Review Summary: The Dillinger Escape plan jumps the shark, but while doing a sweet backflip or something.
Over the years, fans of The Dillinger Escape Plan have come to expect a little something different with each new album. Though they almost certainly ran the risk of alienating large sections of their large fanbase with each new direction they embarked upon, it has always been an admirable quality. Here is a group that, among the dozens of generic wannabe bands within the metalcore scene, has always dared to think outside the box and challenge the pre-conceived notions of what their music could be. With their first set of EPs and their debut full-length, 1999’s Calculating Infinity
, TDEP introduced the world to their distinctly chaotic style – their seemingly random time signatures, angular guitar riffing, and disjointed song structures. However, not content to be satisfied with what they had achieved, their next album saw the chaos subside, if only partially, in favour of more traditional song-structures with powerful choruses and crushing walls of guitar. This trend continued to carry forward, with each new album carving out its own unique niche within their spectrum of musical styles.
For better or for worse, this desire to constantly change has always defined their career. Each successive album was, if nothing else, interesting at the very least. They never retraced ground that had already been covered and were always progressing into new territories of sonic exploration. This is precisely why One of Us Is the Killer
fails to create as much interest as any of their previous works: for the first time in their career, TDEP have released an album easily comparable to their back catalogue. I’m not one to fault a band for settling into a groove, or for reliving past successes (if the shoe fits…), but it really does come across as a negative when talking about TDEP. “When I Lost My Bet” sounds like a b-side from Calculating Infinity
, just with a little more studio sheen, and technicality that sounds more forced rather than naturally flowing. The title track feels like a continuation of their most recent album Option Paralysis
with its disjointed themes and eclectic song structure. These comments aren’t necessarily negative assessments – both songs are great for what they are – but rather just observations that appear troubling when accumulated together over the entire album. One of Us Is the Killer
is actually a very satisfying listen, and it definitely delivers just as much technicality, heaviness, and catchiness as one would expect. The problem is that, in the end, we’re left with an album without its own identity when compared to the rest of their discography. It almost plays like a compilation record: displaying all that the band has become known for over the years, but unfortunately not really bringing anything new to the table.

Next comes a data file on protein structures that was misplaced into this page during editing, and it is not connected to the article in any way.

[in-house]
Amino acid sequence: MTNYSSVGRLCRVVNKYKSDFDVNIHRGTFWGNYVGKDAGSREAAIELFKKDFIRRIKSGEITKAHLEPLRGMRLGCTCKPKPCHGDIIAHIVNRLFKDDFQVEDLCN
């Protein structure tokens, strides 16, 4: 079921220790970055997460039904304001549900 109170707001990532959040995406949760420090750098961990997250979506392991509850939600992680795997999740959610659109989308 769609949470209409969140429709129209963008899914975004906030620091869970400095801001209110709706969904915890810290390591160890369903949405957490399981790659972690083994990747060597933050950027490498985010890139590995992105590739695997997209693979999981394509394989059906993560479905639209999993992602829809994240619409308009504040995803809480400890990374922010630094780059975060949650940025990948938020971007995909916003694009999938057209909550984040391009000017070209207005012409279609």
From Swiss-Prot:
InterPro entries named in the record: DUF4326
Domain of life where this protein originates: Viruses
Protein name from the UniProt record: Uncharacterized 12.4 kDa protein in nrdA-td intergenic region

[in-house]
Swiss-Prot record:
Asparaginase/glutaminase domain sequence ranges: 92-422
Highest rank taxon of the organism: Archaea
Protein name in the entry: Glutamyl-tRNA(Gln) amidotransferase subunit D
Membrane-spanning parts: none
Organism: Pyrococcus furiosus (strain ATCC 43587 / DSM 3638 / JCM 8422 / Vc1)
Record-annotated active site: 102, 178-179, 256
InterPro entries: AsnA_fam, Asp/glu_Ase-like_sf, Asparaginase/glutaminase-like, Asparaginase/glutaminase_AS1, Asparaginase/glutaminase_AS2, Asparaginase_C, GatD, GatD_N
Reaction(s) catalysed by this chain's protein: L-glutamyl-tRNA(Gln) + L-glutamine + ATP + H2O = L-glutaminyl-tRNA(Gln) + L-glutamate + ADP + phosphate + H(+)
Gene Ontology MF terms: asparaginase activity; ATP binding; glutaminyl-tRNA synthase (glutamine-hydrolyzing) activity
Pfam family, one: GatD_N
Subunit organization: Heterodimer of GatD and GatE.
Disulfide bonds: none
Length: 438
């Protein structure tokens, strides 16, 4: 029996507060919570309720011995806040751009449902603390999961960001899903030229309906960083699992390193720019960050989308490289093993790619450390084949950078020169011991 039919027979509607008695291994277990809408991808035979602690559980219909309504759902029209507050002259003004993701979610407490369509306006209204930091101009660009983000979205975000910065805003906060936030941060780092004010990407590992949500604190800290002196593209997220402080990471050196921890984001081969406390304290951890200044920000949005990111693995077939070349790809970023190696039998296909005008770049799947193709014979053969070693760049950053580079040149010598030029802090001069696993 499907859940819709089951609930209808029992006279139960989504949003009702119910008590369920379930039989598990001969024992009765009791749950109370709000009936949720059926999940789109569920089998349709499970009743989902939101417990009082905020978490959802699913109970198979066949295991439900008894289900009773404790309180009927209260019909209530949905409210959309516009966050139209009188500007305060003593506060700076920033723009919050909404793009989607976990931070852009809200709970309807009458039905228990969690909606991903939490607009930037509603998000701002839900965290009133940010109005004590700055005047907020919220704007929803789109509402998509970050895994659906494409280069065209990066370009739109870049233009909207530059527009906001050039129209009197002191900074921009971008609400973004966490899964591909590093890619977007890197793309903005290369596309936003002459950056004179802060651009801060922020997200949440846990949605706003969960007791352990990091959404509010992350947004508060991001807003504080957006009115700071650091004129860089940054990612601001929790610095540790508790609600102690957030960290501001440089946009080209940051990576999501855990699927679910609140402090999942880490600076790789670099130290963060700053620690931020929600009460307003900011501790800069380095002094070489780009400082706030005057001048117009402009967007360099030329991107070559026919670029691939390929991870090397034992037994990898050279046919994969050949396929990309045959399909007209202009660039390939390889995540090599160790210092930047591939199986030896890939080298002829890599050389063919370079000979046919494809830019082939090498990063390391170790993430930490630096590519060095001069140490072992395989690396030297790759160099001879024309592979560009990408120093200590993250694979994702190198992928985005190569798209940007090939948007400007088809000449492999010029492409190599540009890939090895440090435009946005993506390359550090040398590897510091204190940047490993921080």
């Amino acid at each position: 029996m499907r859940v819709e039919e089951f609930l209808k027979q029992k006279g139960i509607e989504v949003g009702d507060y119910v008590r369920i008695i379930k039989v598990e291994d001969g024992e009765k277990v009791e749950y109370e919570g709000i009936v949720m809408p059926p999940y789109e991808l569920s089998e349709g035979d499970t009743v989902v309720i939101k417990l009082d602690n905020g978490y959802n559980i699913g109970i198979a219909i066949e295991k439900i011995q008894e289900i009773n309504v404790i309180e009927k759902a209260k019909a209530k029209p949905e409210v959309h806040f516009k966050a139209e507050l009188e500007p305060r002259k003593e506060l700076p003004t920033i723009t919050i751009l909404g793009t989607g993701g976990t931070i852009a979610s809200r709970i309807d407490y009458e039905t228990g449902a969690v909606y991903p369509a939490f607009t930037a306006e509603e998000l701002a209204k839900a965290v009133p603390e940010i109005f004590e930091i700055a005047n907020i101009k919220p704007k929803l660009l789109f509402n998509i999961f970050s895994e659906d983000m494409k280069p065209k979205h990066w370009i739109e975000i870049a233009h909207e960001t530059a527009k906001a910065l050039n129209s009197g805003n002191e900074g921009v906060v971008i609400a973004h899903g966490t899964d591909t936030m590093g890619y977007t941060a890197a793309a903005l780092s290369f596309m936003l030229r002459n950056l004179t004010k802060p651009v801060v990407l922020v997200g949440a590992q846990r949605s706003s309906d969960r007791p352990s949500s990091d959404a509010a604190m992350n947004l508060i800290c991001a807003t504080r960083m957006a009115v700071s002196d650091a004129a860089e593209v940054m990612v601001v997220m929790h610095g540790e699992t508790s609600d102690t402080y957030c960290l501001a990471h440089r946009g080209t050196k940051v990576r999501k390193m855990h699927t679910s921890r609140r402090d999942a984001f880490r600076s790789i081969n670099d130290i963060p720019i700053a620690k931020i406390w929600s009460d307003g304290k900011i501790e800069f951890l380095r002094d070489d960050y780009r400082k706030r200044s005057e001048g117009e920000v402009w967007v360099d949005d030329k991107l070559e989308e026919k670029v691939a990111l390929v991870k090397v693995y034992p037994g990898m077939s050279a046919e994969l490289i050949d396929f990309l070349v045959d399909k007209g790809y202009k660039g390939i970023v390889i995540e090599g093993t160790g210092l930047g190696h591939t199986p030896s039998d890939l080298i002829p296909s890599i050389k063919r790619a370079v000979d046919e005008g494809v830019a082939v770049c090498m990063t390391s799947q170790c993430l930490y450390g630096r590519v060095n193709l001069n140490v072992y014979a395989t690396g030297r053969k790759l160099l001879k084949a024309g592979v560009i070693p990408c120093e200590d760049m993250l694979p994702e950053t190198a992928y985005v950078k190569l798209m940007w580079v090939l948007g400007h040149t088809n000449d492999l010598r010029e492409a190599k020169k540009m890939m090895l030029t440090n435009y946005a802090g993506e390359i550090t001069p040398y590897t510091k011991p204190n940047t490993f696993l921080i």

Taken for what it is, outside of the context of their impressive discography, One of Us Is the Killer
is surely a success. The passion and intensity is palpable, and the skill with which the songs are played is top-notch. The vocals are dynamic, covering a pretty wide range from melodic cleans to high-pitched shrieks, and while the lyrics are decidedly missable, that’s always been this band’s biggest weakness, so no points are really lost there. In the end, it all comes down to the fact that this is the first time in over fifteen years that The Dillinger Escape Plan has failed to change the game with a fresh, forward-thinking piece of metal. This is a criticism that wouldn’t even be relevant for very many bands, but definitely is here. Calculating Infinity
has gone down as their “chaotic, math-y” album. Ire Works
was their experimental work, which employed a number of strategies previously absent from their arsenal. One of Us Is the Killer
fails to foster any sort of identity for itself, but instead seems to sample from each of their past successes. This is not an inherent negative, and the album will still surely satisfy many fans, but it is somewhat of a disappointment coming from a band that has always been on the cutting edge – pushing their musical boundaries outwards. For The Dillinger Escape Plan, it seems that their best days of unique experimentation and constantly shifting dynamics are behind them. But the road ahead is not bleak – it is lit by the brightly shining lights of all of their past musical achievements.